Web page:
But it was Alf, Aaron senior's third son, who eclipsed anything any of his football mad family managed. Born in April 1898 he spent his teenage footballing years playing for Cossall St Catherines, Long Eaton FC and Eastwood Rangers before serving in the Royal Navy during World War I. He played Wartime football for Crystal Palace, Chesterfield and Huddersfield Town where he appeared alongside his older brother Jim. Jim began organising trials for him when the War came to an end and it was Arsenal, ahead of several other interested clubs including Aston Villa, who captured his signature. Alf went on to give over a decade's worth of excellent service to Arsenal, his adaptability meaning that he played in every position for them except in goal. However, it was at right half where he performed at his best and it was in this position that he was capped by England against Wales in November 1927, the first and only time that an Ilkestonian had represented his country at full international level. 

Alf captained the Arsenal team throughout the 1924/25 season by which time his brilliant tackling, reliability and leadership skills were well to the fore. He twice represented the Football League, in 1925 and 1926, and was a member of the Arsenal team that lost in the 1927 FA Cup Final. Three years later he celebrated at Wembley after helping The Gunners win the FA Cup for the first time in their history. The 1930/31 season proved to be Alf's final season before retiring but he played occasionally as Arsenal were crowned as League champions for the first time. After hanging up his boots Alf continued to assist The Gunners in a scouting role.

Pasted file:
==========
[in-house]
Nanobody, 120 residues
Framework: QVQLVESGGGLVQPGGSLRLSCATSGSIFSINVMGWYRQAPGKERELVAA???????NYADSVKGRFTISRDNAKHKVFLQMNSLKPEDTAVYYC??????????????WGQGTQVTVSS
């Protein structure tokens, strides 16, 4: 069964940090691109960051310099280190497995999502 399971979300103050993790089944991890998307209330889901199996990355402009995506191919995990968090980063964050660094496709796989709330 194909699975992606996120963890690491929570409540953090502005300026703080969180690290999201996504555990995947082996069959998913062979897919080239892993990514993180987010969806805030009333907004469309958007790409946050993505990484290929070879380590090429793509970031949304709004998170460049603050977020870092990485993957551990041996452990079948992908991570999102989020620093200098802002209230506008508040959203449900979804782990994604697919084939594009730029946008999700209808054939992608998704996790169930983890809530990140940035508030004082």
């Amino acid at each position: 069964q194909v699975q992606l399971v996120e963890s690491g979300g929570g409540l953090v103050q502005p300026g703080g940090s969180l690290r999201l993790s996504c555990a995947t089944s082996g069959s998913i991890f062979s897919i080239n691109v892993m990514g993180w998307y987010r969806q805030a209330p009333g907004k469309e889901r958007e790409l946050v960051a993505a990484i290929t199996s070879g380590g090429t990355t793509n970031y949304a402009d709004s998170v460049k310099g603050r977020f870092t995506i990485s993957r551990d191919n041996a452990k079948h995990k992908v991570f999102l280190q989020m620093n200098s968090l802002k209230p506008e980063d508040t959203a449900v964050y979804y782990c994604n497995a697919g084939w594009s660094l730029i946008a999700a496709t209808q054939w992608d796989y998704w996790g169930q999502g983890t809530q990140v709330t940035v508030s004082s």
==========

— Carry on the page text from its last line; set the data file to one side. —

The Baker's contribution to football in Ilkeston has probably not been recognised as much as it should. Hopefully this small piece will go a small way to addressing it.  

Footnote:
The complete and much more in depth story of the Baker family, complete with statistical information and illustrations, could become available on a CDRom that will operate on PC's with Microsoft Word should there be sufficient interest. If you would be interested in obtaining a copy which you could download and print, please contact me at
paydunc@aol.com. The likely cost would be around £5.00. Sadly, the cost of publishing this as a book is too costly for me and would result in an unrealistic retail price.